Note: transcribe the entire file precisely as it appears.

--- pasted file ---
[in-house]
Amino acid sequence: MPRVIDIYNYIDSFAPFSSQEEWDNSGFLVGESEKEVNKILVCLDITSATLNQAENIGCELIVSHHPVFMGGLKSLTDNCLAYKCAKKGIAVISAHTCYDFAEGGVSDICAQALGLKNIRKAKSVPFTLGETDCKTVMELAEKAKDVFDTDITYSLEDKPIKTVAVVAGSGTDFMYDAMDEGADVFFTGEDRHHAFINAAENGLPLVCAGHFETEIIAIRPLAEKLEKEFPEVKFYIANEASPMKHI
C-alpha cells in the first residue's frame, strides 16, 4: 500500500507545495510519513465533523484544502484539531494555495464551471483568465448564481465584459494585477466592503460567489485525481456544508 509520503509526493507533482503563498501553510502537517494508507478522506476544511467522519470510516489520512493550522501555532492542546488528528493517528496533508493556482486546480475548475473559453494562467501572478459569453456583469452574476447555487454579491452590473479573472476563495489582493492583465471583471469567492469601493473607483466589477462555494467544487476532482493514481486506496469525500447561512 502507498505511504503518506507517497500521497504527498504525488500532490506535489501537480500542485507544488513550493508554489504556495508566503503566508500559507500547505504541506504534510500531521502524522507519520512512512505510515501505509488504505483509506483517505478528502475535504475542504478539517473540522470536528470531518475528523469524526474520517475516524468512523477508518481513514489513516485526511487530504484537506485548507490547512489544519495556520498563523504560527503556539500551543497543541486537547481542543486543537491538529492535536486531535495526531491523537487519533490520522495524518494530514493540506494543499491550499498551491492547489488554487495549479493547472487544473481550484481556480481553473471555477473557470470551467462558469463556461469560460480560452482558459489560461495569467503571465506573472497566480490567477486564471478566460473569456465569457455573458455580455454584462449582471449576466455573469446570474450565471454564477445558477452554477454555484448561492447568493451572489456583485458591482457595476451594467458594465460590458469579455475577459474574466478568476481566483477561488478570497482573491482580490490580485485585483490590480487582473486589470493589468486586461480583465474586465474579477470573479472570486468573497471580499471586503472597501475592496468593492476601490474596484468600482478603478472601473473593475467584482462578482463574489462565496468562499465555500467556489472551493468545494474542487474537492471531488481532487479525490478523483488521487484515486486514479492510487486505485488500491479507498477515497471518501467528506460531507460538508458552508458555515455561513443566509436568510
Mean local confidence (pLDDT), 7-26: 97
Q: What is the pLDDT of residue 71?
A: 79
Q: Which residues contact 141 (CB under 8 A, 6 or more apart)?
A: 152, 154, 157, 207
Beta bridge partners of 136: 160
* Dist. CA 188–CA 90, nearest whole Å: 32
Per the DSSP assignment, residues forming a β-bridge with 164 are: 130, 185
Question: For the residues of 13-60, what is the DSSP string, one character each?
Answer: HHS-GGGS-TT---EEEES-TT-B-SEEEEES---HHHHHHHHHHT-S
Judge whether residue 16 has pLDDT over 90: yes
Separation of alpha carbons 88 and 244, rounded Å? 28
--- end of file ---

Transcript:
[in-house]
Amino acid sequence: MPRVIDIYNYIDSFAPFSSQEEWDNSGFLVGESEKEVNKILVCLDITSATLNQAENIGCELIVSHHPVFMGGLKSLTDNCLAYKCAKKGIAVISAHTCYDFAEGGVSDICAQALGLKNIRKAKSVPFTLGETDCKTVMELAEKAKDVFDTDITYSLEDKPIKTVAVVAGSGTDFMYDAMDEGADVFFTGEDRHHAFINAAENGLPLVCAGHFETEIIAIRPLAEKLEKEFPEVKFYIANEASPMKHI
C-alpha cells in the first residue's frame, strides 16, 4: 500500500507545495510519513465533523484544502484539531494555495464551471483568465448564481465584459494585477466592503460567489485525481456544508 509520503509526493507533482503563498501553510502537517494508507478522506476544511467522519470510516489520512493550522501555532492542546488528528493517528496533508493556482486546480475548475473559453494562467501572478459569453456583469452574476447555487454579491452590473479573472476563495489582493492583465471583471469567492469601493473607483466589477462555494467544487476532482493514481486506496469525500447561512 502507498505511504503518506507517497500521497504527498504525488500532490506535489501537480500542485507544488513550493508554489504556495508566503503566508500559507500547505504541506504534510500531521502524522507519520512512512505510515501505509488504505483509506483517505478528502475535504475542504478539517473540522470536528470531518475528523469524526474520517475516524468512523477508518481513514489513516485526511487530504484537506485548507490547512489544519495556520498563523504560527503556539500551543497543541486537547481542543486543537491538529492535536486531535495526531491523537487519533490520522495524518494530514493540506494543499491550499498551491492547489488554487495549479493547472487544473481550484481556480481553473471555477473557470470551467462558469463556461469560460480560452482558459489560461495569467503571465506573472497566480490567477486564471478566460473569456465569457455573458455580455454584462449582471449576466455573469446570474450565471454564477445558477452554477454555484448561492447568493451572489456583485458591482457595476451594467458594465460590458469579455475577459474574466478568476481566483477561488478570497482573491482580490490580485485585483490590480487582473486589470493589468486586461480583465474586465474579477470573479472570486468573497471580499471586503472597501475592496468593492476601490474596484468600482478603478472601473473593475467584482462578482463574489462565496468562499465555500467556489472551493468545494474542487474537492471531488481532487479525490478523483488521487484515486486514479492510487486505485488500491479507498477515497471518501467528506460531507460538508458552508458555515455561513443566509436568510
Mean local confidence (pLDDT), 7-26: 97
Q: What is the pLDDT of residue 71?
A: 79
Q: Which residues contact 141 (CB under 8 A, 6 or more apart)?
A: 152, 154, 157, 207
Beta bridge partners of 136: 160
* Dist. CA 188–CA 90, nearest whole Å: 32
Per the DSSP assignment, residues forming a β-bridge with 164 are: 130, 185
Question: For the residues of 13-60, what is the DSSP string, one character each?
Answer: HHS-GGGS-TT---EEEES-TT-B-SEEEEES---HHHHHHHHHHT-S
Judge whether residue 16 has pLDDT over 90: yes
Separation of alpha carbons 88 and 244, rounded Å? 28